What to get???

MrDeranged

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Hey All,

Question for you all.

I have an empty arachnohome and space on my desk at work for it. I was thinking about putting a couple of scorps in there. Kind of a little mini desktop setup. The arachnohome measures about 9 x 4.5 inches and is about 4 -5 inches deep. What commonly available (re: cheap) species is small and communal enough that I might be able to get away with having 2 or 3 in there? Also, can't have high heat requirements, it sometimes get's cool in my office. I do however have a dome lamp or two that I can point it's way if there's no other way to go......

Scott
 

Wade

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I'd go with Centruroides of one species or other. Most are communal. I keep C. gracilis in groups and they do great, although at 4" they might be a little big, but 2 should be fine. There's annother thread about Skinhead Daves' C. exilicauda group (they're a bit smaller, if hotter!). They don't need a deep substrate, but a few nice pieces of cork would be good.

Wade
 

MrDeranged

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I was actually looking for something a little smaller than those. Was trolling the invert sites and came across Vaejovis spinigerus. Anyone have any knowledge on this species. Sounds like they would be perfect if they can be kept communaly. Anyone know?

Scott
 

Kugellager

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Scott,

Try Vaejovis spinigerus...Darrin usually has them for sale for $10 and you should be able to keep 3-4 in the container you described. They are about 1-2 inches long and look like little fat tails but are basiclly harmless. I the common name is Lined Devil scorpion. They are usually pretty active little scorps. But remember small scorps don't live as long 2-4 years max. These scorps like a desert setup and hides.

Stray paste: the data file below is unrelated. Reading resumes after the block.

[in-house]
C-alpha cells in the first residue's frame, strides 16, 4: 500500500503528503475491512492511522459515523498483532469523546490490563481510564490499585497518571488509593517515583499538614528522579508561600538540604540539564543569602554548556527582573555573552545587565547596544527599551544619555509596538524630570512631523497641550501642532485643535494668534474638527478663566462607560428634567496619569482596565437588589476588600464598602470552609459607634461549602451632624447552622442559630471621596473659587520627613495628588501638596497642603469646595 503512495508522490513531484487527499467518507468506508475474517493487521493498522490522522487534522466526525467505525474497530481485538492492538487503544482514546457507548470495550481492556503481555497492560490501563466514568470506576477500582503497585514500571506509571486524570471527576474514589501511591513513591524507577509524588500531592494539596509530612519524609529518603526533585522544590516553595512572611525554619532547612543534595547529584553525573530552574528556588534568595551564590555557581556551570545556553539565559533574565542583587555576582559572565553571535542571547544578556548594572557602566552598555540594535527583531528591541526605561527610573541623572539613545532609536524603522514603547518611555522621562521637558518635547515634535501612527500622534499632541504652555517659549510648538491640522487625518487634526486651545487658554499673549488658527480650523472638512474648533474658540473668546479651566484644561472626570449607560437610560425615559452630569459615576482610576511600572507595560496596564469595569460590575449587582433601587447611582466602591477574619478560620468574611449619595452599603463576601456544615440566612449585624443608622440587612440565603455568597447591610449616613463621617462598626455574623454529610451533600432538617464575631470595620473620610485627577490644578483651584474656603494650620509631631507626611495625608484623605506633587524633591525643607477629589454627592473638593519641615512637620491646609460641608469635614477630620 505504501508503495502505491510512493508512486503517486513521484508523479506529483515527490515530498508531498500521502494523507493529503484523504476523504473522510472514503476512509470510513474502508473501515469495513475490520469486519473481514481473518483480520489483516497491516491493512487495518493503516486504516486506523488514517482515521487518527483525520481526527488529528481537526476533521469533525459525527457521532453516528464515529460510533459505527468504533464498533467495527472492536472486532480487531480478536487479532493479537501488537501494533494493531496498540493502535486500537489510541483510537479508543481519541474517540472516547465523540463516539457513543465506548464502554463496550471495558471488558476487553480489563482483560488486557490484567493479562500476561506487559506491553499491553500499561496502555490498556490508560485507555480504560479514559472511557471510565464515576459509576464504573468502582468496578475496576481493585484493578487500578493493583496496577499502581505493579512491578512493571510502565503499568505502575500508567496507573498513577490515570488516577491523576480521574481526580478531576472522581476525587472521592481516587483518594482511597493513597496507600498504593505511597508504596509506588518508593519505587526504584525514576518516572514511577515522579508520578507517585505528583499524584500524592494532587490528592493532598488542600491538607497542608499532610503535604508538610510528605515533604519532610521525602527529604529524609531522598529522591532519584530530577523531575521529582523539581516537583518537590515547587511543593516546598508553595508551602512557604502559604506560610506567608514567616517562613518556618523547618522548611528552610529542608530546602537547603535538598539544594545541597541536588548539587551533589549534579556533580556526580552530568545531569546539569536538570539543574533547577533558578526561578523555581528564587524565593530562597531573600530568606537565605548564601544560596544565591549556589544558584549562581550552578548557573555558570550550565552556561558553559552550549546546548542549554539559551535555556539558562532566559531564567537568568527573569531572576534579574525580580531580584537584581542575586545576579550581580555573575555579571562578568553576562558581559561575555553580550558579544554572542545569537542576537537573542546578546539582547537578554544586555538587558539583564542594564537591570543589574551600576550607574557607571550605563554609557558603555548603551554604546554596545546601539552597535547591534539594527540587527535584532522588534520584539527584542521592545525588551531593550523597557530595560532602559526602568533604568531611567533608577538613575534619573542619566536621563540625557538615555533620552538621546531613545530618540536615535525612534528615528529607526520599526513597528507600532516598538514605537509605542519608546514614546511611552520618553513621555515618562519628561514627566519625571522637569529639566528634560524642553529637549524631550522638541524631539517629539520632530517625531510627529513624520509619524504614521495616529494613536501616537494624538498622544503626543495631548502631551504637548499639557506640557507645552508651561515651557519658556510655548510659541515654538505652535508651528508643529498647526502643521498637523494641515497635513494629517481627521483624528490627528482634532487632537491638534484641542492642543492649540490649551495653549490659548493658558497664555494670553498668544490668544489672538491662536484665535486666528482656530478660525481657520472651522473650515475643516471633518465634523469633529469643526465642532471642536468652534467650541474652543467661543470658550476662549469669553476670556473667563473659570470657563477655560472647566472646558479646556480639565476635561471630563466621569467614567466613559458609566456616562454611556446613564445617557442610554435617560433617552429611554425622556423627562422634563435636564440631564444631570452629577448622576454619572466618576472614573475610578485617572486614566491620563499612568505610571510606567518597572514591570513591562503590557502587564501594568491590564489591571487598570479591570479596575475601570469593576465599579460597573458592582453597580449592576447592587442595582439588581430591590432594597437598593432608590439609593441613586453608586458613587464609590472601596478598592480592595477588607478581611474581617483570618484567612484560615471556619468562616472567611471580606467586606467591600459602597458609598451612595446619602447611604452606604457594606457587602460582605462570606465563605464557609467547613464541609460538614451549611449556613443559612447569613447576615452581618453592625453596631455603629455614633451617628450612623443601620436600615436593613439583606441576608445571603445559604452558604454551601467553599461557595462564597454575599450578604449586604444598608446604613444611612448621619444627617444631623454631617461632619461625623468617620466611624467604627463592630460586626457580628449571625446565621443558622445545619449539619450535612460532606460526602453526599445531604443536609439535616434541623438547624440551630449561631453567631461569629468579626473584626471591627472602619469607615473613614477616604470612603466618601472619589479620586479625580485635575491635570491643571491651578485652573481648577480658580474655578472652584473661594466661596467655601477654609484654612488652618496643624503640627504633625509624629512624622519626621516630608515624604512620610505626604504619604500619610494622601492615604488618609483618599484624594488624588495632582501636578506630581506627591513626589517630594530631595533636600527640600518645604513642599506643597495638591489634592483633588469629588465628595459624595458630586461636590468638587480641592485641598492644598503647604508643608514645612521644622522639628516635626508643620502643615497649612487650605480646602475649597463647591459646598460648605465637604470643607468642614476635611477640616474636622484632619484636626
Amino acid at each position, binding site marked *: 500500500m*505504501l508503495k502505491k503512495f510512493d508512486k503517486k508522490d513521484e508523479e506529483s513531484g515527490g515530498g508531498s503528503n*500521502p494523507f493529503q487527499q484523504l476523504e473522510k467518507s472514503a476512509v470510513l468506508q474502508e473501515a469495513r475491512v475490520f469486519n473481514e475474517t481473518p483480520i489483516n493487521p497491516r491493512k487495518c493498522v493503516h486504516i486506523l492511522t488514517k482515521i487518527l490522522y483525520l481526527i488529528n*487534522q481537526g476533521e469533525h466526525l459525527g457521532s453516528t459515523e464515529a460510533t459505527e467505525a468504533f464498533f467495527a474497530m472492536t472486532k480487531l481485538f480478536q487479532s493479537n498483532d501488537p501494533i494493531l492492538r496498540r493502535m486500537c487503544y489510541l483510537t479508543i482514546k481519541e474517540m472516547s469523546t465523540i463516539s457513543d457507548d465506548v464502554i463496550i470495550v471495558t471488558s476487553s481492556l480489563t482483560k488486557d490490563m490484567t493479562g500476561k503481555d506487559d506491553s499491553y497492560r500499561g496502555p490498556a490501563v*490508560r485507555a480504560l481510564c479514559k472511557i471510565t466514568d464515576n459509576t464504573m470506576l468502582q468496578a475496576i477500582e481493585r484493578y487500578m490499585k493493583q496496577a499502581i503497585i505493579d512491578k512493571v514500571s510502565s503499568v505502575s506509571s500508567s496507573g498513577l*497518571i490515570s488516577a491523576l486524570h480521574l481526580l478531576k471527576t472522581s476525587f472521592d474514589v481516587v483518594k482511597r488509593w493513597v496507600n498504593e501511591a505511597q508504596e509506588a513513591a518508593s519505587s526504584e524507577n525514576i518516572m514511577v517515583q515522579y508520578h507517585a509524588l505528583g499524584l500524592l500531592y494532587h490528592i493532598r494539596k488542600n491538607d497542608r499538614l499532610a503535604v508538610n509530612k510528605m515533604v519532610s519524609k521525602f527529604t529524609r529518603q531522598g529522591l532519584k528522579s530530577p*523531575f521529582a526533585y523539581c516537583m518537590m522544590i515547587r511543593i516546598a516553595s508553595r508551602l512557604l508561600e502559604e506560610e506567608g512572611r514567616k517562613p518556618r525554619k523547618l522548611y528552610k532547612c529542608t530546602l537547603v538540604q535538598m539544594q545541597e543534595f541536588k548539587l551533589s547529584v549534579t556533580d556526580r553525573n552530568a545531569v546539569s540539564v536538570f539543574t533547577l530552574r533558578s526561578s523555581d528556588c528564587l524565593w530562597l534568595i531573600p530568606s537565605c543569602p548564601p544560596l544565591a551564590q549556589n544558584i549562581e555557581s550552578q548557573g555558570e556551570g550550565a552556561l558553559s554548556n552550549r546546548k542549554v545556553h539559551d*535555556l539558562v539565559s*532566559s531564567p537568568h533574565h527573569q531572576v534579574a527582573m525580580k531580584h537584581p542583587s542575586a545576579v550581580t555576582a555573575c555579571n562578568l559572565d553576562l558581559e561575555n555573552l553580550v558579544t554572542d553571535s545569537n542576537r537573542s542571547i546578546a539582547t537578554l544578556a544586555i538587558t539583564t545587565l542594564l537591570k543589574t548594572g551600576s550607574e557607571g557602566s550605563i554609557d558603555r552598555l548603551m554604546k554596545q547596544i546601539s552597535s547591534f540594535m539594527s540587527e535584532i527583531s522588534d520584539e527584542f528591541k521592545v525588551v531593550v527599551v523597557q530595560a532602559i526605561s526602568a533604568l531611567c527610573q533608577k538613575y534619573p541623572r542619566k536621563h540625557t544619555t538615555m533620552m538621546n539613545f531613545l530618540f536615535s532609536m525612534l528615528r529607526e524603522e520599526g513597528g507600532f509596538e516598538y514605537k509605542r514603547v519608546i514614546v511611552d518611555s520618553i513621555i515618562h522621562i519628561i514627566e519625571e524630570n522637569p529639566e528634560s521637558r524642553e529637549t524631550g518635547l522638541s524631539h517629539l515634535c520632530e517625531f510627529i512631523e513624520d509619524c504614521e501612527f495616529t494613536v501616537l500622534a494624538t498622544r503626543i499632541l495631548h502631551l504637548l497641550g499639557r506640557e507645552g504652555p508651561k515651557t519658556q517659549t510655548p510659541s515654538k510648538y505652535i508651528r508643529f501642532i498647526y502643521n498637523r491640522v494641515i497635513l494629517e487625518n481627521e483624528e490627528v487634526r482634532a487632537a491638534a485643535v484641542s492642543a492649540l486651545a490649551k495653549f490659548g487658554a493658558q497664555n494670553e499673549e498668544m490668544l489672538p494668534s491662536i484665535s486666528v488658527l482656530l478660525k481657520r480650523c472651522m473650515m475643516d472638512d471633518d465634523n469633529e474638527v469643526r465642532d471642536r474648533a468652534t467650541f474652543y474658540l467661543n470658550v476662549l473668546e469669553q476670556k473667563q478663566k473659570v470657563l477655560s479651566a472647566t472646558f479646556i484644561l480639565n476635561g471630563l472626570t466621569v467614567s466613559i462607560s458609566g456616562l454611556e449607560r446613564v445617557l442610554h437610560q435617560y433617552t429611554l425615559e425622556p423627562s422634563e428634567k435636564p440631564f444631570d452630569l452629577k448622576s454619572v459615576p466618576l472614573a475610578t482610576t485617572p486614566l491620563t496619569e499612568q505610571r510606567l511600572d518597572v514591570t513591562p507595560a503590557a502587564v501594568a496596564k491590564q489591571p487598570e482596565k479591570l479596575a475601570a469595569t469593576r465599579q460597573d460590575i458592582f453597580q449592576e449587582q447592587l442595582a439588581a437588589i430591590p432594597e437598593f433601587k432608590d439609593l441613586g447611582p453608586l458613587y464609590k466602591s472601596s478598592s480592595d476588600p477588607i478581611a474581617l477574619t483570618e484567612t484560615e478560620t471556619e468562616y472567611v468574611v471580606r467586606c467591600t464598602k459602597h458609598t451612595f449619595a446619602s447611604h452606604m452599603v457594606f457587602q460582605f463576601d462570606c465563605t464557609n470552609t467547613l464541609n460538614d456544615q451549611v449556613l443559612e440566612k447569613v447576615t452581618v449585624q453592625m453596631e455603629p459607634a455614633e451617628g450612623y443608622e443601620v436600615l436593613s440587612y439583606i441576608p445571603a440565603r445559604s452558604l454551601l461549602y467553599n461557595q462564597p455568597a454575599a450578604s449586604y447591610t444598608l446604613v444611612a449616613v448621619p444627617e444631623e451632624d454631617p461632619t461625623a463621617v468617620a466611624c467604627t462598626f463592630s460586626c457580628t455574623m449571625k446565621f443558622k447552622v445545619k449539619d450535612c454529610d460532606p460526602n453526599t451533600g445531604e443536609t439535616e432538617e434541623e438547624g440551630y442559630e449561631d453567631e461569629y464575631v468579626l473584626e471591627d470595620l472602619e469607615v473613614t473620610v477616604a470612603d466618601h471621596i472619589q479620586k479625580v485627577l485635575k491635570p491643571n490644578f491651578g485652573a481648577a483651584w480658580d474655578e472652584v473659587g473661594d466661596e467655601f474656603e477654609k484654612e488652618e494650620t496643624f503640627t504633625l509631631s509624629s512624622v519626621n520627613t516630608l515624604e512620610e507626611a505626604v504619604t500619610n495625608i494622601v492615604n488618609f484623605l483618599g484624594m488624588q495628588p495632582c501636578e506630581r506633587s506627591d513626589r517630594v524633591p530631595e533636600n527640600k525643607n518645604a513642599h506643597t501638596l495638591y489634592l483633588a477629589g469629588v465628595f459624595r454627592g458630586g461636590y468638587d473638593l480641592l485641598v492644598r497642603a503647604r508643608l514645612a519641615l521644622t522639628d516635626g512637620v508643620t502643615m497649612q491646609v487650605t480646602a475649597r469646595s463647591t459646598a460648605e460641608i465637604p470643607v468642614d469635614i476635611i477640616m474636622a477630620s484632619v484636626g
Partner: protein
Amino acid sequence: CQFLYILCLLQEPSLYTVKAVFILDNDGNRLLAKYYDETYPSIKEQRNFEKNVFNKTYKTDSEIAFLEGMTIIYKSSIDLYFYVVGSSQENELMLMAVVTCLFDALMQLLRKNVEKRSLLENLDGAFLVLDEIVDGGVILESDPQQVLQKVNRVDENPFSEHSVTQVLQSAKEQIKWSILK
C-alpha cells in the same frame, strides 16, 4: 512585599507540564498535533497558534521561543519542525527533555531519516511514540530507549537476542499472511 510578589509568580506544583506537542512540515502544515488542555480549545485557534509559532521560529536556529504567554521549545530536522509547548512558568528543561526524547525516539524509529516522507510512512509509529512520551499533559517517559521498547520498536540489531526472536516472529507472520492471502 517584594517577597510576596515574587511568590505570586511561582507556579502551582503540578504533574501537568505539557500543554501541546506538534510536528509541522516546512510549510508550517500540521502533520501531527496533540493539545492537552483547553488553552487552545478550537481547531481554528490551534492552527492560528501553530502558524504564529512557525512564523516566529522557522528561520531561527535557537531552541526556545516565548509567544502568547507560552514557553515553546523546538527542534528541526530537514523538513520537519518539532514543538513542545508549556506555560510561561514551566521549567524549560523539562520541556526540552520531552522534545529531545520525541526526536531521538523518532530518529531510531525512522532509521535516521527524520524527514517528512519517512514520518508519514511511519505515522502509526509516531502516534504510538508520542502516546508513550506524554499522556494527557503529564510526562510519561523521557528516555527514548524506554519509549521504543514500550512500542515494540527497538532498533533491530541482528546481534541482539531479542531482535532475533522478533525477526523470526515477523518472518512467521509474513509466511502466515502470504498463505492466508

http://www.goldenphoenixexotica.com/order.html

John
];')
 

Wade

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V. spinigerus are extremely hardy. I've got a few I've collected, but I've never tried them communally. Maybe I should.

V. carolinianus is annother, even smaller, relative. Might be neat to.

Wade
 

skinheaddave

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Okay. So really I'm just contributing to this thread because I feel obliged to, even though John and Wade have clearly dealt with the topic and I know you have made up your mind. ;)

Cheers,
Dave
 

MrDeranged

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Would anyone care to give me an example of how their desert setups are setup? :)

Scott
 

Wade

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I've kept Vaejovis in 16 oz deli cups on a bed of sand and coconut coir mix, kept dry. I just moisten one spot once a week for water. If you wanna get all fancy :D you can partially bury pieces of cork bark, etc in there for them to burrow under. If you wet the substrate and then allow it to dry before introducing the scorpions, it'll stick together somewhat and be better for burrowing.

Wade
 

Kugellager